Have you ever had one of those moments where all sorts of emotions collide? You are so happy and proud it hurts? A moment that feels like a revelation? Yesterday was one of those moments. This year, Addie's school started a Relay Recess, a fundraiser for Relay for Life, and a chance to educate the kids on cancer and how to help prevent some types. With a current teacher fighting, and winning, cancer at the school, the first graders put on a little performance of "The World is a Rainbow" dedicated to her.
This is where my moment comes in. During the performance, Addie was front and center, leading the class in the signs that accompanied the song. She had been practicing for the last 2 weeks and admitted to being nervous as we left for school that day. I sent her off, telling her she was going to do great and that I would see her later. Little did I know, that when I was watching her sign in front of the whole school, I was going to struggle to keep it together. She was amazing. Confident. A couple times she stumbled, forgetting what verse they were on, but she just smiled and picked right back up. At that moment I could see that she knew she could do this.
When we got the hearing loss diagnosis, we questioned what she would be able to do. How was it going to change her life? We adopted the mantra of anything is possible to a whole new level than we did before. I think, to be honest, we would say it, but we weren't always the most confident. The first 2 years of the diagnosis was answering a lot of questions and coming up with solutions, then discovering more questions. Speech appointments, hearing aids, and always talking about learning sign language. This school year we started. We made it a habit to watch "Signing Time" on Netflix and while I knew we had a lot more to learn, it felt like a good first step.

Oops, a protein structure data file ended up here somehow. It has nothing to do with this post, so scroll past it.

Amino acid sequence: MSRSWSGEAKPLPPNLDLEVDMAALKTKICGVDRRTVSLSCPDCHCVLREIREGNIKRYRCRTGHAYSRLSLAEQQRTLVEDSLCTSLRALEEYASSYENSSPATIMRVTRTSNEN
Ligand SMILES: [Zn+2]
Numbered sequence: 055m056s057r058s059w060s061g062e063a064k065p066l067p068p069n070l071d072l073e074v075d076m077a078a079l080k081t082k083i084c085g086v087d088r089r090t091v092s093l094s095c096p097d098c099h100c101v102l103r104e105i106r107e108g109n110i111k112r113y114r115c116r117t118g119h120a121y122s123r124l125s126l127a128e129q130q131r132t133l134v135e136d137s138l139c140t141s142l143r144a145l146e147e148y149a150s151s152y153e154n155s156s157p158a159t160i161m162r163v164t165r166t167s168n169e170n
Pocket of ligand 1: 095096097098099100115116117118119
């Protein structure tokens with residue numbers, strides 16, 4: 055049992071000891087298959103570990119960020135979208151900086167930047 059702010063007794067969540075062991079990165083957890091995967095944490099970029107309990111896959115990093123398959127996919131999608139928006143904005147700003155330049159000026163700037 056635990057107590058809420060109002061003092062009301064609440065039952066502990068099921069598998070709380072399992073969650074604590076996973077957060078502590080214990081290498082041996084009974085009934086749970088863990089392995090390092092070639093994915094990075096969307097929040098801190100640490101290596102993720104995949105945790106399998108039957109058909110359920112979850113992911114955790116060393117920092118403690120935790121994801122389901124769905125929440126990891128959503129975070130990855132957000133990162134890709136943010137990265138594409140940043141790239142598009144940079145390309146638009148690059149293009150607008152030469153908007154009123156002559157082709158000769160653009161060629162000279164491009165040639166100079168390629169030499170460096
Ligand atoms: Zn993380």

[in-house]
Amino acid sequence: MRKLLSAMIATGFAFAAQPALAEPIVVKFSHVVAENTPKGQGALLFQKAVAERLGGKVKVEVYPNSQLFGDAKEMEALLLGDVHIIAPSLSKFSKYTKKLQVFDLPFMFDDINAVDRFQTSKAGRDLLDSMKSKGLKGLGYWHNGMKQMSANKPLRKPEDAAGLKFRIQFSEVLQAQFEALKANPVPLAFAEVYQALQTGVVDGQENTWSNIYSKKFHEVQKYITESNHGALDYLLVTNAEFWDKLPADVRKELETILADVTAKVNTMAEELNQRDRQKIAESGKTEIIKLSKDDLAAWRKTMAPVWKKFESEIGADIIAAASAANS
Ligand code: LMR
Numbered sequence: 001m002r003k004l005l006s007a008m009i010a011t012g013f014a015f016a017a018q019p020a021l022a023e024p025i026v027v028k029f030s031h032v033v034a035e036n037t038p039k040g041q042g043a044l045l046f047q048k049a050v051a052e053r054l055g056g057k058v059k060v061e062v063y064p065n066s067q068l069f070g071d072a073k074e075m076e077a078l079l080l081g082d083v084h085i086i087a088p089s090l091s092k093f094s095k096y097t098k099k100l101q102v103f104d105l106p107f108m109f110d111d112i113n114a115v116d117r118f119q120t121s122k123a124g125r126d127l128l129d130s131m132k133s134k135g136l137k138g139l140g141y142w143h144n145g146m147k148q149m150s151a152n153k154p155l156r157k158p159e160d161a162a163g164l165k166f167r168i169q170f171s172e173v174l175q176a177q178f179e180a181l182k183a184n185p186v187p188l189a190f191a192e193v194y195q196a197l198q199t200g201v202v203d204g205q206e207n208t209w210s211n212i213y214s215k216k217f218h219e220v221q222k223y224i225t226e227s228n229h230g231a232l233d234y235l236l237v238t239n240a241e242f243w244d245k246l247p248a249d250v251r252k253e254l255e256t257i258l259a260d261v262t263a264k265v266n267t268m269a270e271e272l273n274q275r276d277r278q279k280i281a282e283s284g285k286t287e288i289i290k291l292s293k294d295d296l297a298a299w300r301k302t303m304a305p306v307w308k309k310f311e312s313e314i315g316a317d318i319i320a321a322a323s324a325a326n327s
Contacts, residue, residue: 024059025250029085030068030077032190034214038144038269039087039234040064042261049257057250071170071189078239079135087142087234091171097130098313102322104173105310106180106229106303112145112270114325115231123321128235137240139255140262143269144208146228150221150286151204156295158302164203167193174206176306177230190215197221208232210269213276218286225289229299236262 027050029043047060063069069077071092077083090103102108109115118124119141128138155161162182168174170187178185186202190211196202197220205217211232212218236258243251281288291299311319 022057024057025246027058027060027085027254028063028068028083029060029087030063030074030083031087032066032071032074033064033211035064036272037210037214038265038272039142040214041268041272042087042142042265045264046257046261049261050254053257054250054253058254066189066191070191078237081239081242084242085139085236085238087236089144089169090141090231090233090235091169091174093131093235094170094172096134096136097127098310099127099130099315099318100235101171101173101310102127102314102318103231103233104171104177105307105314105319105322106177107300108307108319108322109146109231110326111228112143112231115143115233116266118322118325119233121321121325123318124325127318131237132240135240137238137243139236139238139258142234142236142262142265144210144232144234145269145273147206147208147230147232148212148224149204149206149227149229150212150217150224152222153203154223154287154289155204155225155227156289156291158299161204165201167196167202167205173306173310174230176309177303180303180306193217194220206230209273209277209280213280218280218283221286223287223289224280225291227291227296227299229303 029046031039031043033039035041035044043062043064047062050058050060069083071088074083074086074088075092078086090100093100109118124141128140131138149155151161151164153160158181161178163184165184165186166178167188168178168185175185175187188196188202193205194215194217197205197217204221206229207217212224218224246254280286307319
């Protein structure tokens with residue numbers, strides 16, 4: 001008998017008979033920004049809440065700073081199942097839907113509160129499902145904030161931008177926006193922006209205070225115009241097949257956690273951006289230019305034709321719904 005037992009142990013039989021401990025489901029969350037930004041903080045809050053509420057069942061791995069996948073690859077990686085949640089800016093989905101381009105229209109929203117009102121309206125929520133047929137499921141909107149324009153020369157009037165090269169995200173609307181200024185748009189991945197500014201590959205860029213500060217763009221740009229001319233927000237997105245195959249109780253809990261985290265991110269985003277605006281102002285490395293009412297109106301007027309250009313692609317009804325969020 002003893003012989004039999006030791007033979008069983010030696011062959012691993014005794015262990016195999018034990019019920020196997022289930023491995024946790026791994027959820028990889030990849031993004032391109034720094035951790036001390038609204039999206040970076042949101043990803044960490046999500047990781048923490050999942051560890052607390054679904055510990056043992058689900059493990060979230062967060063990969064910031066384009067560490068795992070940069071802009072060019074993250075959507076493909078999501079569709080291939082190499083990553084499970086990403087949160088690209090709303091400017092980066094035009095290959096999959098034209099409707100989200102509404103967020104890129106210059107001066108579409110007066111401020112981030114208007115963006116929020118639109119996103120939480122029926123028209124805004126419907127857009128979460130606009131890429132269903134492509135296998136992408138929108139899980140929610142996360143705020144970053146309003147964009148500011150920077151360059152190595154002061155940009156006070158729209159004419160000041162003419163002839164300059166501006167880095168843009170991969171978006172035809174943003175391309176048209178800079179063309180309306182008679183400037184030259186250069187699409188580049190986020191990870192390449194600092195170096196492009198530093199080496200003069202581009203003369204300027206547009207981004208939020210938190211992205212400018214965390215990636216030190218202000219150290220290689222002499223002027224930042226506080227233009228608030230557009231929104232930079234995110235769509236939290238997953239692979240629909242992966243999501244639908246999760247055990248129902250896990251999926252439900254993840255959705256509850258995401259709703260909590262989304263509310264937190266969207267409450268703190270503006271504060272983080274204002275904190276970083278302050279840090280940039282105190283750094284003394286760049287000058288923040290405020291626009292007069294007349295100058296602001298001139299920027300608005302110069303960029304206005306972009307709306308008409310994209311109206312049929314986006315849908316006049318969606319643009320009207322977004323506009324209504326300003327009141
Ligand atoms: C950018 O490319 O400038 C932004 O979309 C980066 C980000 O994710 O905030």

Yesterday proved that it was. I am sure it seems obvious. Parents always believe their children can do anything, and I feel that way with Addie. That performance was a moment where I saw that she could. I witnessed her ability in a whole new way. The energy of the event was very emotional for every parent volunteer, teacher, and staff there. I don't think my eyes would have been dry if the first graders didn't perform, but they did, and the overwhelming happiness and pride that I felt by watching Addie, MY ADDIE, share a part of her world with everybody, it really is indescribable.
I really didn't expect to feel this way, but I did, I still do. So now I am going to stock up on tissue, because I have a feeling this girl is going to make me a feel this way A LOT for the rest of my life.